I withdrew $100 in pennies, nickels, dimes, and quarters from my bank account last week. I walked out of the bank holding a plastic sack full of change, feeling like some kind of underachieving bank robber.
I did this because I live in mortal terror that if I ignore the WCYDWT fairy even one time, she will leave me for another math teacher and whisper interesting ideas in his ear. For this reason, I put her ideas into some kind of play as fast as I possibly can.
I was just thrilled she didn’t tell me to literally rob the bank. I mean, it’s conceivable.
Lee TrampleasureOctober 5, 2009 - 10:14 pm -
Reminds me of a penny “diffusion” lab I did with my chemistry students. Students analyzed over 3,000 pennies, comparing mint marks and year. We were able to see a trend that the most recent pennies had a higher percent of local mint marks, but as the pennies got older, the percentages were getting closer.
Russel MontgomeryOctober 6, 2009 - 12:57 am -
I know that fairy and I have the same fear.
You just have to do what she says when she whispers in your ear.
Anything is preferable to the purgatory that remains for us should she fall silent. :-)
josh g.October 6, 2009 - 5:39 am -
I do believe there’s a TED talk about that fairy.
(I only watched the first half, so if it has a horrible ending I apologize.)
Dan MeyerOctober 6, 2009 - 7:08 am -
@Lee, wow, awesome idea. Tagging that.
JenniferOctober 6, 2009 - 4:52 pm -
Finding your blog I am inspired and wish that I had a WCYDWT fairy of my own. I see this picture and begin thinking of weight problems with my pre-algebra students. If pennies weigh…, nickels weigh…, dimes weigh…, and quarters weigh…, if have 2 pounds of coins what is the most money I can I have? I see this problem with variations for days. I love the idea of taking any old picture and finding things to do with it.
Megan WarehamOctober 6, 2009 - 4:54 pm -
I am a first time reader to your blog and am inspired by your picture. I have been searching long and hard for a new way to teach mathematics and you have shown me the way. I am interested to take this back to my fellow math teachers to see what ideas they can come up with. I am the proud keeper of a SMART board and a projector and apparently am doing it a disservice by not using more pictures and visuals.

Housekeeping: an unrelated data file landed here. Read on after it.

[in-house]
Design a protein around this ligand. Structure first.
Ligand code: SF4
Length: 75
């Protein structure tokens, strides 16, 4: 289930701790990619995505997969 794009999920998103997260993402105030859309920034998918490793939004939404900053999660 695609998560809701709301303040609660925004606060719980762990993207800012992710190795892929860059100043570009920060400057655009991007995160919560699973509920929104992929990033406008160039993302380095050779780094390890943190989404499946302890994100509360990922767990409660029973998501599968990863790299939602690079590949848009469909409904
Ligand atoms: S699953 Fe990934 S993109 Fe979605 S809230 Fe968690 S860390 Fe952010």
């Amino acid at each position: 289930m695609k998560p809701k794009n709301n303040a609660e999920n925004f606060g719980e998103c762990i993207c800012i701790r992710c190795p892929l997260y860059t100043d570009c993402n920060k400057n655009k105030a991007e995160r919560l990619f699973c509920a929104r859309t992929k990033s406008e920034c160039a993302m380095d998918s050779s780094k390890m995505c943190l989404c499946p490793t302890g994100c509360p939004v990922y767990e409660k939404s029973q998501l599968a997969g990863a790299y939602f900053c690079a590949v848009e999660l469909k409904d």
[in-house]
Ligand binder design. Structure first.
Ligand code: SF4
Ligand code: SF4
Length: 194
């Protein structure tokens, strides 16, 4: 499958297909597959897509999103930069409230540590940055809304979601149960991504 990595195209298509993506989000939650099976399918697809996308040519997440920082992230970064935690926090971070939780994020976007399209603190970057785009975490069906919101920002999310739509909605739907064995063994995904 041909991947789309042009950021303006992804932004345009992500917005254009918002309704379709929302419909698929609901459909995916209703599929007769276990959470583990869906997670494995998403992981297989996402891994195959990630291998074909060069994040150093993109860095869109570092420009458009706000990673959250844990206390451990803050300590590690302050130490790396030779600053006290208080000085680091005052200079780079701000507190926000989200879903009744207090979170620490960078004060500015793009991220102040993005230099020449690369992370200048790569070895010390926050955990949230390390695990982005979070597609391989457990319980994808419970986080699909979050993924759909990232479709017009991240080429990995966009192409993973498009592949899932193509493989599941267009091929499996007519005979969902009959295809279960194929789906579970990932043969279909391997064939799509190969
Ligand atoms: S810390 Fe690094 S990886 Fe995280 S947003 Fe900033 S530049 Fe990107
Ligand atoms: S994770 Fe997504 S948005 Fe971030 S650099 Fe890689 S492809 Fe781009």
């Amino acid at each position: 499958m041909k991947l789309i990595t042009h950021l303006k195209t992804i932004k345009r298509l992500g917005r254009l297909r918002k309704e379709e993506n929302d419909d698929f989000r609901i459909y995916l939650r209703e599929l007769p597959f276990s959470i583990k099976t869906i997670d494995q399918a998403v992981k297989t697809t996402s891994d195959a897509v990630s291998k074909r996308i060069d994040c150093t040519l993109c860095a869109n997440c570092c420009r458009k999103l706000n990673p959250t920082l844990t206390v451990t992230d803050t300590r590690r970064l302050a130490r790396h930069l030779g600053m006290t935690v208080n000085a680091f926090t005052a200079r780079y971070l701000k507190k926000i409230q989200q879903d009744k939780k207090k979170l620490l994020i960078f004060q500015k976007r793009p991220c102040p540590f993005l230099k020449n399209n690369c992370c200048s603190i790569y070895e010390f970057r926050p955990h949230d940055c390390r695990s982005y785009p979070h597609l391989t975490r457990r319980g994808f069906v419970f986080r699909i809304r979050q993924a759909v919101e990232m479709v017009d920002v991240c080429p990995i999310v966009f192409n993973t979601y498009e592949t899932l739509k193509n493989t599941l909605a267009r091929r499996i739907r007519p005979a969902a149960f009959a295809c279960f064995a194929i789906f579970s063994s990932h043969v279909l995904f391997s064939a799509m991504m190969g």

This will be wonderful for my students, as we have just finished reviewing decimals. I believe I’ll be asking them of the possible combinations that can be in this bag if there is $100. Thank you!!
JinnaOctober 6, 2009 - 6:05 pm -
What does WCYDWT stand for?
The WCYDWT FairyOctober 6, 2009 - 6:11 pm -
Rob the bank. Rob the bank. Rob the bank.
Explosives. Catapults. Russian roulette.
Dan MeyerOctober 6, 2009 - 7:49 pm -
@Jinna, what can you do with this?
@Tom, heh, nice.
John SillettoOctober 21, 2009 - 4:54 pm -
This picture makes me envision a fairly sophisticated lesson on place value. The coin has a value in cents. The roll has a value in coins. The bag has a value in rolls.
The number 6731 represents 6 bags, 7 rolls, 3 coins, and 1 cent. Then I’d throw in some addition and subtraction and
for a challenge even multiplication.
I teach middle schoolers and I tire of watching students using long division to solve 350/10. Maybe by having the students work with a totally bizarre number system for a couple of days followed by a review of the base ten system they will come to a better appreciation of place value and the simplicity that comes for free with the base ten system.
Optionally – What is the greatest amount of money (in coins) that the robber can get away with without the bag breaking and leaving the money all over the parking lot? You’d probably have to use bogus weights for coin rolls to make the problem interesting
John SillettoOctober 21, 2009 - 4:57 pm -
You might want to include the face in the shot so that they are certain that the bank robber is their teacher.
Maybe that would be better accomplished with a pre-lesson video of the robber running out of the bank.
Bob MillerJuly 25, 2010 - 7:28 am -
Using pennies as “standard” weights in an activity gathering (somewhat) linear data in an activity exploring Hooke’s Law, we discovered that not all pennies are created equal. We noticed that different teams were getting significantly different data and went back to our experimental design to determine the reason. We discovered that some pennies were heavier than others and after research discovered that the composition of copper pennies had changed. In mid 1982 the Lincoln penny changed from 3.11 g to 2.5 g. What a serendipitous event!